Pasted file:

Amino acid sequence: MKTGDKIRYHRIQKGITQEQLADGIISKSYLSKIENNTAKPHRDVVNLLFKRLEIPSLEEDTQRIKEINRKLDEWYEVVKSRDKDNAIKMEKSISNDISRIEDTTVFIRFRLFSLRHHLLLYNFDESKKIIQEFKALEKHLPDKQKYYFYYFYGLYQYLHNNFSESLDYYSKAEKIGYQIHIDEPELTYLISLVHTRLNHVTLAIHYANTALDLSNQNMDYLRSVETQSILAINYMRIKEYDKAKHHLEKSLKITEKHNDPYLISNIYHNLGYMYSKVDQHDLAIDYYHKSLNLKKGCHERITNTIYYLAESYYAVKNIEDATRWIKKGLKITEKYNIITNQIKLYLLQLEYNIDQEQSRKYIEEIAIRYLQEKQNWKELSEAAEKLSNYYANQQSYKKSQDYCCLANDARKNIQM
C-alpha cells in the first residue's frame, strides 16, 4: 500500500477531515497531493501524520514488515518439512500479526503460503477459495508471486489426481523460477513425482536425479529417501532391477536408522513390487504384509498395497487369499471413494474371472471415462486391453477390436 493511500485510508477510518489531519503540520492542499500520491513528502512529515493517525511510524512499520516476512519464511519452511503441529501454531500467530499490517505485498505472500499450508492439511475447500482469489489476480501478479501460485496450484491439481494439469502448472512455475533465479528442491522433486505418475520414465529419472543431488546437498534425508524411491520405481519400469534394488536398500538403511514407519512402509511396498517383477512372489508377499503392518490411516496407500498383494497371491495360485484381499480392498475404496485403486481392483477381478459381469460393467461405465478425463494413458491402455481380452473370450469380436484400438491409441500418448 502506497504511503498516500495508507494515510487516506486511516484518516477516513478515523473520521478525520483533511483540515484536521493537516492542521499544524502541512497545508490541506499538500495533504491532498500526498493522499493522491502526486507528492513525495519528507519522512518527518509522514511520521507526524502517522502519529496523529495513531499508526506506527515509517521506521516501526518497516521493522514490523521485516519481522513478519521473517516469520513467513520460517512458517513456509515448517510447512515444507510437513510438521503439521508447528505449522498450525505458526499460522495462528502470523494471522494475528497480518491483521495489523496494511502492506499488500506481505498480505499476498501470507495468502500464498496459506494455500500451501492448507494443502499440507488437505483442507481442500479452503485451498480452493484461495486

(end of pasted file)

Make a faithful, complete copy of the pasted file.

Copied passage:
Amino acid sequence: MKTGDKIRYHRIQKGITQEQLADGIISKSYLSKIENNTAKPHRDVVNLLFKRLEIPSLEEDTQRIKEINRKLDEWYEVVKSRDKDNAIKMEKSISNDISRIEDTTVFIRFRLFSLRHHLLLYNFDESKKIIQEFKALEKHLPDKQKYYFYYFYGLYQYLHNNFSESLDYYSKAEKIGYQIHIDEPELTYLISLVHTRLNHVTLAIHYANTALDLSNQNMDYLRSVETQSILAINYMRIKEYDKAKHHLEKSLKITEKHNDPYLISNIYHNLGYMYSKVDQHDLAIDYYHKSLNLKKGCHERITNTIYYLAESYYAVKNIEDATRWIKKGLKITEKYNIITNQIKLYLLQLEYNIDQEQSRKYIEEIAIRYLQEKQNWKELSEAAEKLSNYYANQQSYKKSQDYCCLANDARKNIQM
C-alpha cells in the first residue's frame, strides 16, 4: 500500500477531515497531493501524520514488515518439512500479526503460503477459495508471486489426481523460477513425482536425479529417501532391477536408522513390487504384509498395497487369499471413494474371472471415462486391453477390436 493511500485510508477510518489531519503540520492542499500520491513528502512529515493517525511510524512499520516476512519464511519452511503441529501454531500467530499490517505485498505472500499450508492439511475447500482469489489476480501478479501460485496450484491439481494439469502448472512455475533465479528442491522433486505418475520414465529419472543431488546437498534425508524411491520405481519400469534394488536398500538403511514407519512402509511396498517383477512372489508377499503392518490411516496407500498383494497371491495360485484381499480392498475404496485403486481392483477381478459381469460393467461405465478425463494413458491402455481380452473370450469380436484400438491409441500418448 502506497504511503498516500495508507494515510487516506486511516484518516477516513478515523473520521478525520483533511483540515484536521493537516492542521499544524502541512497545508490541506499538500495533504491532498500526498493522499493522491502526486507528492513525495519528507519522512518527518509522514511520521507526524502517522502519529496523529495513531499508526506506527515509517521506521516501526518497516521493522514490523521485516519481522513478519521473517516469520513467513520460517512458517513456509515448517510447512515444507510437513510438521503439521508447528505449522498450525505458526499460522495462528502470523494471522494475528497480518491483521495489523496494511502492506499488500506481505498480505499476498501470507495468502500464498496459506494455500500451501492448507494443502499440507488437505483442507481442500479452503485451498480452493484461495486